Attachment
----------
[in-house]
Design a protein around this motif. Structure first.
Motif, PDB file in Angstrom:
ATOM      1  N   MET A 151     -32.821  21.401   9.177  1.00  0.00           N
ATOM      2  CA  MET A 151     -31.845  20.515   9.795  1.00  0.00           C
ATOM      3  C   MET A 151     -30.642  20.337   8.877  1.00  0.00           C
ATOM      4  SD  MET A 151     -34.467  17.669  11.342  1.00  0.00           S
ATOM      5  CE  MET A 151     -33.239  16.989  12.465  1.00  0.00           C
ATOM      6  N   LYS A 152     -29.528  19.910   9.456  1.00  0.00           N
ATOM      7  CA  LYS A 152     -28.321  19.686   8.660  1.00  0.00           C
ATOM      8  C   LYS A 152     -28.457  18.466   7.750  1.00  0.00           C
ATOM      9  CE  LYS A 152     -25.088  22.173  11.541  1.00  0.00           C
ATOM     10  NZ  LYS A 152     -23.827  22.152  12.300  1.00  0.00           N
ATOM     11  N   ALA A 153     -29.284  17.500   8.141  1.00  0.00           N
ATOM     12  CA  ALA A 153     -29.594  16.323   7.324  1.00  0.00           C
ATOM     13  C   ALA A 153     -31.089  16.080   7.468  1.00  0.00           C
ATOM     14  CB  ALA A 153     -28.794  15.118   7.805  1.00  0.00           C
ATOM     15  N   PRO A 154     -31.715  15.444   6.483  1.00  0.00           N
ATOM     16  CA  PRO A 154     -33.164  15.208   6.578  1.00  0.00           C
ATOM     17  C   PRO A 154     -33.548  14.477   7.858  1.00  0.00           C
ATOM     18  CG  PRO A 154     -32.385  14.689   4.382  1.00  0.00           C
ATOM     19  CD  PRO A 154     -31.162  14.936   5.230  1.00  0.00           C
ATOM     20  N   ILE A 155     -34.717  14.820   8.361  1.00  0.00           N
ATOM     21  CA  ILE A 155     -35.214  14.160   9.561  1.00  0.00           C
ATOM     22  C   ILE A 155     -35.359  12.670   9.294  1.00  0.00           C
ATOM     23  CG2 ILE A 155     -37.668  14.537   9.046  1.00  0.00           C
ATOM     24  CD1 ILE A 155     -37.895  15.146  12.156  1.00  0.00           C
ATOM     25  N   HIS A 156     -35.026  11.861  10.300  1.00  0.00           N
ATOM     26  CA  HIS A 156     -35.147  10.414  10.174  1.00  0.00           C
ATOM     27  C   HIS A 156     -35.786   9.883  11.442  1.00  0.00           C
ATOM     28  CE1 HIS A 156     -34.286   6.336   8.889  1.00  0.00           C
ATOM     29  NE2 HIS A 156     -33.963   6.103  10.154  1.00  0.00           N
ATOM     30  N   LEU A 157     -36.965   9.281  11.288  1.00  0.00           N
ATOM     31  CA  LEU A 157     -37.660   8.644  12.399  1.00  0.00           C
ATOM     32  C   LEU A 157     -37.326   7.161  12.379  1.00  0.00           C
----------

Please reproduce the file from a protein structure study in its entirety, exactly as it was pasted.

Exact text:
[in-house]
Design a protein around this motif. Structure first.
Motif, PDB file in Angstrom:
ATOM      1  N   MET A 151     -32.821  21.401   9.177  1.00  0.00           N
ATOM      2  CA  MET A 151     -31.845  20.515   9.795  1.00  0.00           C
ATOM      3  C   MET A 151     -30.642  20.337   8.877  1.00  0.00           C
ATOM      4  SD  MET A 151     -34.467  17.669  11.342  1.00  0.00           S
ATOM      5  CE  MET A 151     -33.239  16.989  12.465  1.00  0.00           C
ATOM      6  N   LYS A 152     -29.528  19.910   9.456  1.00  0.00           N
ATOM      7  CA  LYS A 152     -28.321  19.686   8.660  1.00  0.00           C
ATOM      8  C   LYS A 152     -28.457  18.466   7.750  1.00  0.00           C
ATOM      9  CE  LYS A 152     -25.088  22.173  11.541  1.00  0.00           C
ATOM     10  NZ  LYS A 152     -23.827  22.152  12.300  1.00  0.00           N
ATOM     11  N   ALA A 153     -29.284  17.500   8.141  1.00  0.00           N
ATOM     12  CA  ALA A 153     -29.594  16.323   7.324  1.00  0.00           C
ATOM     13  C   ALA A 153     -31.089  16.080   7.468  1.00  0.00           C
ATOM     14  CB  ALA A 153     -28.794  15.118   7.805  1.00  0.00           C
ATOM     15  N   PRO A 154     -31.715  15.444   6.483  1.00  0.00           N
ATOM     16  CA  PRO A 154     -33.164  15.208   6.578  1.00  0.00           C
ATOM     17  C   PRO A 154     -33.548  14.477   7.858  1.00  0.00           C
ATOM     18  CG  PRO A 154     -32.385  14.689   4.382  1.00  0.00           C
ATOM     19  CD  PRO A 154     -31.162  14.936   5.230  1.00  0.00           C
ATOM     20  N   ILE A 155     -34.717  14.820   8.361  1.00  0.00           N
ATOM     21  CA  ILE A 155     -35.214  14.160   9.561  1.00  0.00           C
ATOM     22  C   ILE A 155     -35.359  12.670   9.294  1.00  0.00           C
ATOM     23  CG2 ILE A 155     -37.668  14.537   9.046  1.00  0.00           C
ATOM     24  CD1 ILE A 155     -37.895  15.146  12.156  1.00  0.00           C
ATOM     25  N   HIS A 156     -35.026  11.861  10.300  1.00  0.00           N
ATOM     26  CA  HIS A 156     -35.147  10.414  10.174  1.00  0.00           C
ATOM     27  C   HIS A 156     -35.786   9.883  11.442  1.00  0.00           C
ATOM     28  CE1 HIS A 156     -34.286   6.336   8.889  1.00  0.00           C
ATOM     29  NE2 HIS A 156     -33.963   6.103  10.154  1.00  0.00           N
ATOM     30  N   LEU A 157     -36.965   9.281  11.288  1.00  0.00           N
ATOM     31  CA  LEU A 157     -37.660   8.644  12.399  1.00  0.00           C
ATOM     32  C   LEU A 157     -37.326   7.161  12.379  1.00  0.00           C